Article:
Security | Authorities consider holding armed attack drill annually

An armed attack drill is considered being held annually to simulate emergency situations in the city’s casinos, the Gaming Inspection and Coordination Bureau announced in a statement on Friday.

The announcement came after the simulation drill dubbed as Wolf Hunting 2019 was concluded at The Venetian Macao on Friday, in which emergency workers and officers from the Judiciary Police, the Public Security Police Force, the Fire Services Bureau and the Customs Service took part.

The drill on Friday simulated an armed robbery with six actors posing as criminals attacking some patrons before escaping the hotel lobby.

According to authorities, some 360 people attended the 90-minute drill.

According to Paulo Martins Chan, director of the Gaming Inspection and Coordination Bureau (DICJ), “the emergency contact system has been improved between DICJ, the casinos, as well as the police,” as cited in a report by TDM. Commenting on the drill, Ma Io Kun, commissioner-general of Unitary Police Service said, “without testing, we won’t be able to assess the effectiveness of the current system operations.

The police said in a statement that the drill included simulations of multiple injuries, a bomb threat, people being held hostage and standoffs between the police and the criminals. The drill also incorporated pepper spray for the first time.

The police also pledged that it would remain vigilant in developing the security situation by carrying out different types of exercises, enhancing the coordination capacity and joint operations of public security services and other entities to deal with possible emergency situations.

Commissioner-general Ma further added that the rise in money exchange scams has brought changes to the surroundings of the casinos.  Yet he assured that the city’s overall social order remains intact.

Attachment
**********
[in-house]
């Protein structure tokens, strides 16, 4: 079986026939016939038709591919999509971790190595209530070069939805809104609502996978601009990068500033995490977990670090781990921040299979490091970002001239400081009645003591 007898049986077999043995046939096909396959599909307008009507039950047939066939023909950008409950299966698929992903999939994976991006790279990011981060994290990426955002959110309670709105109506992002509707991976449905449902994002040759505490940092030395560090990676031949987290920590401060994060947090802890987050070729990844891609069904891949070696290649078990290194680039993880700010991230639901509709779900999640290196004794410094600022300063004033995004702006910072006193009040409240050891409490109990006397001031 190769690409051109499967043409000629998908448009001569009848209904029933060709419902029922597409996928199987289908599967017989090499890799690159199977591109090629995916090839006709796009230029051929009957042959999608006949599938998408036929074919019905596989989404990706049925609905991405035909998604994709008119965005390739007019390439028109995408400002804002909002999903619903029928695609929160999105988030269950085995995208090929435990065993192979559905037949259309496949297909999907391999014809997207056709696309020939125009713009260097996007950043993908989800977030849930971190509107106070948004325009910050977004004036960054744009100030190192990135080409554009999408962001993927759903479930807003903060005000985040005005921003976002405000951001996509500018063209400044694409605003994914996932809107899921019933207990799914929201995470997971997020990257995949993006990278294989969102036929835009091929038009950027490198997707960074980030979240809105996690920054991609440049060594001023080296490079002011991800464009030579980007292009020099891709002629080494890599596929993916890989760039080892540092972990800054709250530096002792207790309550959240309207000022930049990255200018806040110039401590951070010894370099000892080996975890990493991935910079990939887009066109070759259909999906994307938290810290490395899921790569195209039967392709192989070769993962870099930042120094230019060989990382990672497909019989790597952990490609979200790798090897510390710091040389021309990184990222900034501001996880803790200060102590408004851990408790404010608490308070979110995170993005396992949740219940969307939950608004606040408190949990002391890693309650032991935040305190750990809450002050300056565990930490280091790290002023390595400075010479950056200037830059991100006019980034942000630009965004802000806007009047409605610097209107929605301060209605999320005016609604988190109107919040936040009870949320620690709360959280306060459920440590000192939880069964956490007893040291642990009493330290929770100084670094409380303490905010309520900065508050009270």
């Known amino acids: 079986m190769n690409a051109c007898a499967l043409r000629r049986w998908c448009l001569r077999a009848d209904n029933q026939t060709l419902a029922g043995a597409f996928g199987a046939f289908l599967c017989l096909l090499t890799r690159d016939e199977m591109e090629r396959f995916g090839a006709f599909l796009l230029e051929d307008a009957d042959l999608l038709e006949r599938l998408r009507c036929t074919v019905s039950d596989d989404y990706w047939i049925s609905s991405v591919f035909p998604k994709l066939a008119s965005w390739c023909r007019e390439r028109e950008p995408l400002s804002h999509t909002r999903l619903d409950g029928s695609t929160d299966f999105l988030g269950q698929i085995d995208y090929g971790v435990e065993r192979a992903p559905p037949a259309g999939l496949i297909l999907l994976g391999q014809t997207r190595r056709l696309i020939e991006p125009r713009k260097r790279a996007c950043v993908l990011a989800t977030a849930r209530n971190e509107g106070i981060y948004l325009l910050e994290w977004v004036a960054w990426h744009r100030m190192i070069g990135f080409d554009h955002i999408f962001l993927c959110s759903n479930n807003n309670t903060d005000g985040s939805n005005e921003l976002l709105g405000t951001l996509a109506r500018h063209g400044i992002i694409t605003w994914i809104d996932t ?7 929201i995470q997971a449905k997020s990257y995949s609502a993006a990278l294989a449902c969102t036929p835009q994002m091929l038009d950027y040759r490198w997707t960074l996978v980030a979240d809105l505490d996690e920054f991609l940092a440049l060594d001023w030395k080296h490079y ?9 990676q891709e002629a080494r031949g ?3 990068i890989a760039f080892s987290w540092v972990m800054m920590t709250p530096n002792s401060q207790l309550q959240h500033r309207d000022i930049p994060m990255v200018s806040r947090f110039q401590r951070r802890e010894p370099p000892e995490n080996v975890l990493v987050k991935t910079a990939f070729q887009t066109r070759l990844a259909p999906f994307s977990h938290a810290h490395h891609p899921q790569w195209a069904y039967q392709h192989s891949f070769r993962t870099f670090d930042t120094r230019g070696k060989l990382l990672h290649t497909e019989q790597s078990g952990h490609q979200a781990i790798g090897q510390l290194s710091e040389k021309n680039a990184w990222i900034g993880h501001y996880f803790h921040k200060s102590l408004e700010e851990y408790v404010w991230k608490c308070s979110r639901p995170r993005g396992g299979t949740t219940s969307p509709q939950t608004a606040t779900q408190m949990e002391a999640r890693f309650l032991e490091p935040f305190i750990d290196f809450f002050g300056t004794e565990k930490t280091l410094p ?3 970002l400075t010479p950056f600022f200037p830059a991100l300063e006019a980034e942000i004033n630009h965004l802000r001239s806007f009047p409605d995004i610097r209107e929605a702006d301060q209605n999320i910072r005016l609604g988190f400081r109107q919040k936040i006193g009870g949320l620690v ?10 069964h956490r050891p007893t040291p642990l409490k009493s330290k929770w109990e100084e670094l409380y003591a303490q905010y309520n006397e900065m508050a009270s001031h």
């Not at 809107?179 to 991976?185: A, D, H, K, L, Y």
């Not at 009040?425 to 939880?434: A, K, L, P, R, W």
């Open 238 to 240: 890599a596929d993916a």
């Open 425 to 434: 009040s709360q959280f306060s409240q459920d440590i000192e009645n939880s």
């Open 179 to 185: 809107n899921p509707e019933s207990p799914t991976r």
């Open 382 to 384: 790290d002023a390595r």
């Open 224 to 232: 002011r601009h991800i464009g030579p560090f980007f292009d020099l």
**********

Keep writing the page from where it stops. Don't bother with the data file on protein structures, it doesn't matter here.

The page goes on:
Wolf Hunting was designed to test the ability of public-sector departments and the local casino industry to coordinate and respond to major incidents.

Further, DICJ said in a statement that it would continue to assist the police in its simulation drills, and coordinate with the gaming concessionaires and sub-concessionaires “in order to enhance the capacity to respond to unforeseen situations.”

It added that the move is also to establish mechanisms of collaboration, and improve and optimize the supervision of casinos in a timely manner.  LV

Airport holds fire drill

The Macau International Airport (MIA) carried out its “Fire in the Fuel Farm Exercise 2019” on Friday, involving a simulated fire in a fuel tank caused by static electricity.

Nam Kwong Petroleum & Chemicals Co. Ltd., the fuel provider, activated the safety systems according to their internal procedures and moved the vehicles that were parked in the area.

Simultaneously, they notified all entities involved in the emergency in accordance with the Airport Emergency Plan.

The airport fire fighting station deployed their trucks immediately to the location to put out the fire. Although there were no injuries, the commander-in-chief asked for additional support from the Fire Services Headquarters and evacuated staff in the vicinity of the incident.

The exercise, which lasted for 45 minutes, was coordinated by the Macau International Airport Company Ltd.

About 230 people took part in the exercise, representing the Unitary Police, the Public Security Police Force, the Fire Services, the Civil Aviation Authority and CAM-Macau International Airport Company, amongst others.

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